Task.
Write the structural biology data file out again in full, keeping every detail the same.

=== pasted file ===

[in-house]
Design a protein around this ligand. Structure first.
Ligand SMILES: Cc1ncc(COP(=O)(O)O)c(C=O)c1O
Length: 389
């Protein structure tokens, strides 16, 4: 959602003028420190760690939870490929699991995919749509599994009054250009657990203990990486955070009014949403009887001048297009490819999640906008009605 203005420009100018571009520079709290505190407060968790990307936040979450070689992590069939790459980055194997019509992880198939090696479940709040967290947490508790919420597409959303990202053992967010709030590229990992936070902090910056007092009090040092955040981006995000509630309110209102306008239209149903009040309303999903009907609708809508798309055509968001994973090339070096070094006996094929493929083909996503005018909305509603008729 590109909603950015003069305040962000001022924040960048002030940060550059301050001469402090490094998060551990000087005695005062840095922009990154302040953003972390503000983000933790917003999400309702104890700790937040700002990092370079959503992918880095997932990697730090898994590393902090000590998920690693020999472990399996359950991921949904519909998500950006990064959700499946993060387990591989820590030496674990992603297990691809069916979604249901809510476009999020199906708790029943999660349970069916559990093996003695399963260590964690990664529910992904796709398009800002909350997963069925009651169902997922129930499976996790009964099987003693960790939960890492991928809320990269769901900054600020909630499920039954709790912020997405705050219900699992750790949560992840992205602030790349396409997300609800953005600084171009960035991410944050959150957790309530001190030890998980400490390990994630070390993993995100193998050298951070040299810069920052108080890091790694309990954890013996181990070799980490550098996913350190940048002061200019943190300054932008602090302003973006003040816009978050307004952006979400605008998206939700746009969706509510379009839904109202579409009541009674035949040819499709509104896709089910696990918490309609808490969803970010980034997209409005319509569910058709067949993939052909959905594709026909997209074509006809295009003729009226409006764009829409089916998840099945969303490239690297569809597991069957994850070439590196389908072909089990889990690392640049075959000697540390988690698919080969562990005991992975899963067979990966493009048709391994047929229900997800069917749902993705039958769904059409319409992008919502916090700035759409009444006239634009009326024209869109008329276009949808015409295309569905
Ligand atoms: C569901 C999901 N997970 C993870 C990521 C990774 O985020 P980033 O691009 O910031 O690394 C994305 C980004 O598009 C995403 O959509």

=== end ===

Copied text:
[in-house]
Design a protein around this ligand. Structure first.
Ligand SMILES: Cc1ncc(COP(=O)(O)O)c(C=O)c1O
Length: 389
């Protein structure tokens, strides 16, 4: 959602003028420190760690939870490929699991995919749509599994009054250009657990203990990486955070009014949403009887001048297009490819999640906008009605 203005420009100018571009520079709290505190407060968790990307936040979450070689992590069939790459980055194997019509992880198939090696479940709040967290947490508790919420597409959303990202053992967010709030590229990992936070902090910056007092009090040092955040981006995000509630309110209102306008239209149903009040309303999903009907609708809508798309055509968001994973090339070096070094006996094929493929083909996503005018909305509603008729 590109909603950015003069305040962000001022924040960048002030940060550059301050001469402090490094998060551990000087005695005062840095922009990154302040953003972390503000983000933790917003999400309702104890700790937040700002990092370079959503992918880095997932990697730090898994590393902090000590998920690693020999472990399996359950991921949904519909998500950006990064959700499946993060387990591989820590030496674990992603297990691809069916979604249901809510476009999020199906708790029943999660349970069916559990093996003695399963260590964690990664529910992904796709398009800002909350997963069925009651169902997922129930499976996790009964099987003693960790939960890492991928809320990269769901900054600020909630499920039954709790912020997405705050219900699992750790949560992840992205602030790349396409997300609800953005600084171009960035991410944050959150957790309530001190030890998980400490390990994630070390993993995100193998050298951070040299810069920052108080890091790694309990954890013996181990070799980490550098996913350190940048002061200019943190300054932008602090302003973006003040816009978050307004952006979400605008998206939700746009969706509510379009839904109202579409009541009674035949040819499709509104896709089910696990918490309609808490969803970010980034997209409005319509569910058709067949993939052909959905594709026909997209074509006809295009003729009226409006764009829409089916998840099945969303490239690297569809597991069957994850070439590196389908072909089990889990690392640049075959000697540390988690698919080969562990005991992975899963067979990966493009048709391994047929229900997800069917749902993705039958769904059409319409992008919502916090700035759409009444006239634009009326024209869109008329276009949808015409295309569905
Ligand atoms: C569901 C999901 N997970 C993870 C990521 C990774 O985020 P980033 O691009 O910031 O690394 C994305 C980004 O598009 C995403 O959509």